As with other NPCs, I would like to humanize sentient enemies as much as possible. One way of doing that is by including unique dialogue and behavior for human enemies, just as I would for friendly NPCs in town. When threatened, they will do their best to preserve their lives whether by escape, negotiation, or a shift in combat tactics.
The second difference is how Nia’s Journey handles death. In many games, enemies who are killed will reappear after a set of amount of time only to be killed again. The implication is that their deaths are meaningless. In Nia’s Journey, human enemies (unlike animals and non-sentient creatures) will remain dead if they are killed.
Lastly, I want acts of violence to have a long-term effect on Nia and her friends. Nia may spend a lot of time in places with little or no law enforcement, but that doesn’t mean that there won’t be consequences. Each party member will react to violence (and non-violence) differently, both in the short and long term. I’m still thinking about the implementation, but my goal is to allow the consequences of violence to be felt.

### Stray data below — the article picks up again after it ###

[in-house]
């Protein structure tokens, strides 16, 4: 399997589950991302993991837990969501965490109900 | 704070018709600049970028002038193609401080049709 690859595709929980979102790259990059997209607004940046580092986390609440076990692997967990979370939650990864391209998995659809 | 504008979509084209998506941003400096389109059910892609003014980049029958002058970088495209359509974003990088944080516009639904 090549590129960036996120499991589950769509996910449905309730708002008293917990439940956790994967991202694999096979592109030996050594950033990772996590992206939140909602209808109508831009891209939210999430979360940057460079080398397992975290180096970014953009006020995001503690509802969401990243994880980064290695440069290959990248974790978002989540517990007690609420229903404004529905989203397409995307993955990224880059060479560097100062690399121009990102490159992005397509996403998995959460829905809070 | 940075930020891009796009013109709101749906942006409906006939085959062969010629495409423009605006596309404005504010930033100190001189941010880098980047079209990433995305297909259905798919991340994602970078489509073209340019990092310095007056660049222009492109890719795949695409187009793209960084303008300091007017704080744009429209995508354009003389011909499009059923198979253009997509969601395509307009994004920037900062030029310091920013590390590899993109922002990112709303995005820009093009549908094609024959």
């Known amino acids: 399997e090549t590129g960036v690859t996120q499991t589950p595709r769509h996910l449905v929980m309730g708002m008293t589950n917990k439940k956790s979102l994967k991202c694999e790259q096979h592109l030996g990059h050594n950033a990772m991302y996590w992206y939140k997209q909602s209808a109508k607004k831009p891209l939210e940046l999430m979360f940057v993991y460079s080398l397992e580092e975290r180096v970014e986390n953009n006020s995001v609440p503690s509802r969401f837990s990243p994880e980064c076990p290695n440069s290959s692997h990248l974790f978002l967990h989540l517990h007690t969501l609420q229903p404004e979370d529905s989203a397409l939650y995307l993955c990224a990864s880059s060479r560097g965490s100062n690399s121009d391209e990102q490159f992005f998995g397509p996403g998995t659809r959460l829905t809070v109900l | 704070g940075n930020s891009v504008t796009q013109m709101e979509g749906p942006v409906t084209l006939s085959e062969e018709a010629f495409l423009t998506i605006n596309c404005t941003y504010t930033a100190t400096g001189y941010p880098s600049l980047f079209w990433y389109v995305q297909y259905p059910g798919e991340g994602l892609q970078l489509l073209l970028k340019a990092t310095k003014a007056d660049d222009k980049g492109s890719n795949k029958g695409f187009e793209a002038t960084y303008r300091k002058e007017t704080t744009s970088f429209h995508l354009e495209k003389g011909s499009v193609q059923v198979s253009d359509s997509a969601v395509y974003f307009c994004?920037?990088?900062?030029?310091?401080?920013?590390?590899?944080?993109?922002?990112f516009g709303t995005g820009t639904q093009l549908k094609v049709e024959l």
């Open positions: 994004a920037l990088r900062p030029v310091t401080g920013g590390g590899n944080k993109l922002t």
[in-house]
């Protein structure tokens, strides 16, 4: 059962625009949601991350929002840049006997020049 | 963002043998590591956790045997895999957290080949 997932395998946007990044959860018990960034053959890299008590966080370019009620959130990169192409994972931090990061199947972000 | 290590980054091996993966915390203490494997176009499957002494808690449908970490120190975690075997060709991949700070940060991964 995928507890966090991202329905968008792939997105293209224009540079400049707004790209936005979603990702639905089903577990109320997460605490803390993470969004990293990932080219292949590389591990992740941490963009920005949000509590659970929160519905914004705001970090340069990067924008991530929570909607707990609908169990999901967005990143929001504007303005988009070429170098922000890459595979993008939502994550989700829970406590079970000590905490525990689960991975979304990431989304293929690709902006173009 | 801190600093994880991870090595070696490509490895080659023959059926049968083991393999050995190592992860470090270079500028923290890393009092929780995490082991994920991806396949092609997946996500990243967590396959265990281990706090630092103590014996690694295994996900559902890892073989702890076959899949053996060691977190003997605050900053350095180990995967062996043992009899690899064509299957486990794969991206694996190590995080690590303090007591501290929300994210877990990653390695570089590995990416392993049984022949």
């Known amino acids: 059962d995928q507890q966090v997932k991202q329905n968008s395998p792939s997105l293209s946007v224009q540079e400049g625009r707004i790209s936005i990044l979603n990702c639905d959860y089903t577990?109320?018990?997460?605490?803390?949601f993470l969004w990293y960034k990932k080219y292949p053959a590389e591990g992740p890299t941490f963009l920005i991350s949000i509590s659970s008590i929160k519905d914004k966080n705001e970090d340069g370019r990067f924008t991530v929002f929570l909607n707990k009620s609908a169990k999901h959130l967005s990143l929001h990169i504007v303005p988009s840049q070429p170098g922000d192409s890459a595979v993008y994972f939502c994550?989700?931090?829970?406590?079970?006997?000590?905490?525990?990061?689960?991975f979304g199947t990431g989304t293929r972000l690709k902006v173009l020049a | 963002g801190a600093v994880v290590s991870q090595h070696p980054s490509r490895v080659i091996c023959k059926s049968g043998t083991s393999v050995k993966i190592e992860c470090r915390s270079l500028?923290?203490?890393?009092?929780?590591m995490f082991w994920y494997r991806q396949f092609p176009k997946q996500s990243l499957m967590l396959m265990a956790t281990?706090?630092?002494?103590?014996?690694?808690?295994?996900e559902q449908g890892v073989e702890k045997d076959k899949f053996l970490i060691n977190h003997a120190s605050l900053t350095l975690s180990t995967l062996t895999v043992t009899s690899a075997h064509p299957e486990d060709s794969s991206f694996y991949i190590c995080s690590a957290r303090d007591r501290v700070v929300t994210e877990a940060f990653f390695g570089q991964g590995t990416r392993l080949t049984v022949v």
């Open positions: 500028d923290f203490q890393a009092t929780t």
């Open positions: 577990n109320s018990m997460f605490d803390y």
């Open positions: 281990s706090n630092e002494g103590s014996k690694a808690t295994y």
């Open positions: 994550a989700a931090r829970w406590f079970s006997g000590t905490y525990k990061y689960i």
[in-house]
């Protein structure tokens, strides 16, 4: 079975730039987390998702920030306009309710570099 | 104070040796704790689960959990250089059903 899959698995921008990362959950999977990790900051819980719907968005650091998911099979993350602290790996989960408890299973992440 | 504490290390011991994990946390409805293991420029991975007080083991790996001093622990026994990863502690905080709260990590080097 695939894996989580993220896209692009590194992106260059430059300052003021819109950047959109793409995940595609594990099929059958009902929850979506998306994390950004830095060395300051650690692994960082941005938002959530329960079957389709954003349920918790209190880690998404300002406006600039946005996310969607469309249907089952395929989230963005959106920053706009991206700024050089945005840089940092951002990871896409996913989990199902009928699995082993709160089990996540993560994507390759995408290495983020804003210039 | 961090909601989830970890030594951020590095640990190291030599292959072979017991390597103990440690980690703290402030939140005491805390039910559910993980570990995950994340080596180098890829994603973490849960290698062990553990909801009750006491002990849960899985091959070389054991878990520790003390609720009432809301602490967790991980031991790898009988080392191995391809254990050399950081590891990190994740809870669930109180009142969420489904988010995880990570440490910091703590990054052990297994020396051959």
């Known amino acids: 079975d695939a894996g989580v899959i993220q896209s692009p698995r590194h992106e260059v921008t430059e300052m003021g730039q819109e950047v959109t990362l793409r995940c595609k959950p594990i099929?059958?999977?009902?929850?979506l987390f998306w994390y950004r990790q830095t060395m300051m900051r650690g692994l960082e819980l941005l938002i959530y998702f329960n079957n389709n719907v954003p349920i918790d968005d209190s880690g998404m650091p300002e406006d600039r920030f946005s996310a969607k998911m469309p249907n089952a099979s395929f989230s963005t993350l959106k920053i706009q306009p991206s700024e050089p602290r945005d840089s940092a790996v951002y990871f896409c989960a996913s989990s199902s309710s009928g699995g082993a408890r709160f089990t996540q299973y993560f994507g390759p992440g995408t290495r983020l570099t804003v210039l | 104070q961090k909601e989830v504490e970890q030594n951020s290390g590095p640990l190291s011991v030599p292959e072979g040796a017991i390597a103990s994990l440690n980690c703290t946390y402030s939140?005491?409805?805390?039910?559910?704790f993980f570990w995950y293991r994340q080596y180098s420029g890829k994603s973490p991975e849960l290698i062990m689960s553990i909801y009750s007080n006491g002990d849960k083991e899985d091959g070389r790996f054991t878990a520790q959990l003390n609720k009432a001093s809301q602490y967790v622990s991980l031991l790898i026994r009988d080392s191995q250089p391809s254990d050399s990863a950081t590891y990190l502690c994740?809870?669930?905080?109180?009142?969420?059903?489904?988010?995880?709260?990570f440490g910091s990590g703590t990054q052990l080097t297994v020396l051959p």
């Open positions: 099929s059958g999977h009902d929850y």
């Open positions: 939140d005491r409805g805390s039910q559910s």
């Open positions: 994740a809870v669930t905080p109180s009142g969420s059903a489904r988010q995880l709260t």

Last week I saw Angela Davis speak at Spelman College, and it really got me thinking about how to deal with the relationship between art and reality.
In the world of Nia’s Journey, I don’t want to reproduce the same forms of oppression that exist in reality because I would like people to be able to play and have fun without going through the same issues they experience every day. So, in that sense it’s an escapist fantasy, but at the same time I do want to explore the idea of oppression and particularly linked oppression.
Linked oppression was a central theme in Dr. Davis’ talk–she tied in the U.S. Prison-Industrial complex, the Palestinian-Isreali conflict, and racism in the women’s suffrage movement as fundamentally similar, and in fact, connected.